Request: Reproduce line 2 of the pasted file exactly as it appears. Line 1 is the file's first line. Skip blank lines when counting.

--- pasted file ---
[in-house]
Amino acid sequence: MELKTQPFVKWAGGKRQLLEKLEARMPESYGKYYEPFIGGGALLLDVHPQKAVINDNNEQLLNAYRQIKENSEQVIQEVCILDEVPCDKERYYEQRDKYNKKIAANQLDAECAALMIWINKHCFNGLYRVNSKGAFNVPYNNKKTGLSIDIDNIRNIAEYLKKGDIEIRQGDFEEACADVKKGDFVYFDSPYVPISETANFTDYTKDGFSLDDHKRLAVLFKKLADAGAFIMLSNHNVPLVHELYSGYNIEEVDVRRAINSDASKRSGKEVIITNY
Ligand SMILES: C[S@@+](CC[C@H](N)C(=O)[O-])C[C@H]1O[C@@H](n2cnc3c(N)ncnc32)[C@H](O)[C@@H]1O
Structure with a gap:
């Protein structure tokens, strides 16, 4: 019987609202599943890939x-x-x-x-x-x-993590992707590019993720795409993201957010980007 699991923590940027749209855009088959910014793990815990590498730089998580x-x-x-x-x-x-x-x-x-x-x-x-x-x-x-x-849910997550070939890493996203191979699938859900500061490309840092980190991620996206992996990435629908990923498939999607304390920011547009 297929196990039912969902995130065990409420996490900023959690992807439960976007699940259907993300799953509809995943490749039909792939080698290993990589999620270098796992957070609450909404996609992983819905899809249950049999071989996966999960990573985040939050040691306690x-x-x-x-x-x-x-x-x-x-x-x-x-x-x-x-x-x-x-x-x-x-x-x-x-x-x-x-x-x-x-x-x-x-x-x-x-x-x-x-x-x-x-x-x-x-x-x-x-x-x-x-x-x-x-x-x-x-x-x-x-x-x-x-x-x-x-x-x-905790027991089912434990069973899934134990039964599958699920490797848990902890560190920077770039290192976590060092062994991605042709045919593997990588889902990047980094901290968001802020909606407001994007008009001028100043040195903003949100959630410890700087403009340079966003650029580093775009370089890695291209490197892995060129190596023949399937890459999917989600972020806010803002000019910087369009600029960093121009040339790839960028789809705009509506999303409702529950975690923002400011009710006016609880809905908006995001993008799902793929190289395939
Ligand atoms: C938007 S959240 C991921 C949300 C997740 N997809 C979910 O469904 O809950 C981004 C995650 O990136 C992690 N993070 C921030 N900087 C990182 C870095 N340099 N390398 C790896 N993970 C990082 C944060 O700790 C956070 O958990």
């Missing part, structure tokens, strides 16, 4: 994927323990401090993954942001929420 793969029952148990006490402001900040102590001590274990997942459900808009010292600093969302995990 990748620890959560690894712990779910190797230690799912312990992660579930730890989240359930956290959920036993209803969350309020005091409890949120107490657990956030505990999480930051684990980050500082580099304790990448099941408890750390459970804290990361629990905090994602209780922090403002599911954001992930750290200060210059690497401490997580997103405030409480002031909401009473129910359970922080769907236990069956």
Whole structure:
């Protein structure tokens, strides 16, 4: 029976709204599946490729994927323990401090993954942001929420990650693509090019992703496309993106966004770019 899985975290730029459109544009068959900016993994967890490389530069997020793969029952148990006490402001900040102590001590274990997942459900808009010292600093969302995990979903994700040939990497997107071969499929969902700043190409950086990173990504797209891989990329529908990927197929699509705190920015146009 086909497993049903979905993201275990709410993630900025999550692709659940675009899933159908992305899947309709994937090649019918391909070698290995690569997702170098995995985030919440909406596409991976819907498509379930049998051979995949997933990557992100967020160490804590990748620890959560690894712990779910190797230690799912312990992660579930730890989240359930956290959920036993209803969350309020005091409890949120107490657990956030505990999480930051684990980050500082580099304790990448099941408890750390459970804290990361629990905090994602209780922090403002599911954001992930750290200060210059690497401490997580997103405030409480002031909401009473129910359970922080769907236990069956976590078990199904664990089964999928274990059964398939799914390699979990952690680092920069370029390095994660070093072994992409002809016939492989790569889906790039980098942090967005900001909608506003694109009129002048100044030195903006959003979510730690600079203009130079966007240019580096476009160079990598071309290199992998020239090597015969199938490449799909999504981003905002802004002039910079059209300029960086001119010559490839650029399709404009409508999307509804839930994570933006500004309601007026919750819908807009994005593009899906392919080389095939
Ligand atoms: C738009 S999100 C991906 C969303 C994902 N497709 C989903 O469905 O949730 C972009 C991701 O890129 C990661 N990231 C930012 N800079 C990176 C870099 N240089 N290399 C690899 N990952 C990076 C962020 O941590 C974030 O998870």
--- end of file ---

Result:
Amino acid sequence: MELKTQPFVKWAGGKRQLLEKLEARMPESYGKYYEPFIGGGALLLDVHPQKAVINDNNEQLLNAYRQIKENSEQVIQEVCILDEVPCDKERYYEQRDKYNKKIAANQLDAECAALMIWINKHCFNGLYRVNSKGAFNVPYNNKKTGLSIDIDNIRNIAEYLKKGDIEIRQGDFEEACADVKKGDFVYFDSPYVPISETANFTDYTKDGFSLDDHKRLAVLFKKLADAGAFIMLSNHNVPLVHELYSGYNIEEVDVRRAINSDASKRSGKEVIITNY